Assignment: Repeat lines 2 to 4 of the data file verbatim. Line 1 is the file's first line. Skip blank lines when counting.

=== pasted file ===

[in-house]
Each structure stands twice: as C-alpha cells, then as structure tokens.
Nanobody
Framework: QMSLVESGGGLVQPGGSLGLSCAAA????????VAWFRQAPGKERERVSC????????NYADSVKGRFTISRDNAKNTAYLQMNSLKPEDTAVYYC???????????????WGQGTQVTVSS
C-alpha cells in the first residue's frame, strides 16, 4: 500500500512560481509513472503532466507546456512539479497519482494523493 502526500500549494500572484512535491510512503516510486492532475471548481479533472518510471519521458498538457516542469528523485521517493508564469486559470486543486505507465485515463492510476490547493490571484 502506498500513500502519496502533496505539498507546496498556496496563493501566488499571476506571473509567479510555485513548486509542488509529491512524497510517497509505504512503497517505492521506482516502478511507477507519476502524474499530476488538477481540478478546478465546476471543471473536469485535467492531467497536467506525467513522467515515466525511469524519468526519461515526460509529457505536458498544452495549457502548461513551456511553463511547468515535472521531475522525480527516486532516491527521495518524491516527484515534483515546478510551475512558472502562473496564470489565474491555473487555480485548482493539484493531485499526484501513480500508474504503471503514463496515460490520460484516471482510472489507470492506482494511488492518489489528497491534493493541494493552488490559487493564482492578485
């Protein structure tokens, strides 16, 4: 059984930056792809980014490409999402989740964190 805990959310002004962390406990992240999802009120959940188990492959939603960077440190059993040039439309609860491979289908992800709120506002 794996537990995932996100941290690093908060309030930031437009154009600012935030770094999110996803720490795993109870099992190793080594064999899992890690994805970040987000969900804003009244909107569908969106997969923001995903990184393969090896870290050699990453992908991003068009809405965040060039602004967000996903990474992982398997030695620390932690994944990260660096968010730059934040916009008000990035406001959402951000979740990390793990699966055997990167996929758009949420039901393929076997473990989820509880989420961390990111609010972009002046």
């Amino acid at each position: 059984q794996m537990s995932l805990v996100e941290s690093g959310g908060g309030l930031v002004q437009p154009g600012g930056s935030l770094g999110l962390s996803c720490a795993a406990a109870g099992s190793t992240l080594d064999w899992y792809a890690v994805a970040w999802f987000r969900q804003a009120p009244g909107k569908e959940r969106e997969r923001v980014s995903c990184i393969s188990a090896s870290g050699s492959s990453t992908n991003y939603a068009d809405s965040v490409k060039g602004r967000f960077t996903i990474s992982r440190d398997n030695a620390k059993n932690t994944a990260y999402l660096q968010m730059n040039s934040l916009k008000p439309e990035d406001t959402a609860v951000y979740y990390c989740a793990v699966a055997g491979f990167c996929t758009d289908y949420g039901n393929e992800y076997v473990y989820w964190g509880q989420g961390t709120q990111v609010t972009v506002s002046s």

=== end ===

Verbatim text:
Each structure stands twice: as C-alpha cells, then as structure tokens.
Nanobody
Framework: QMSLVESGGGLVQPGGSLGLSCAAA????????VAWFRQAPGKERERVSC????????NYADSVKGRFTISRDNAKNTAYLQMNSLKPEDTAVYYC???????????????WGQGTQVTVSS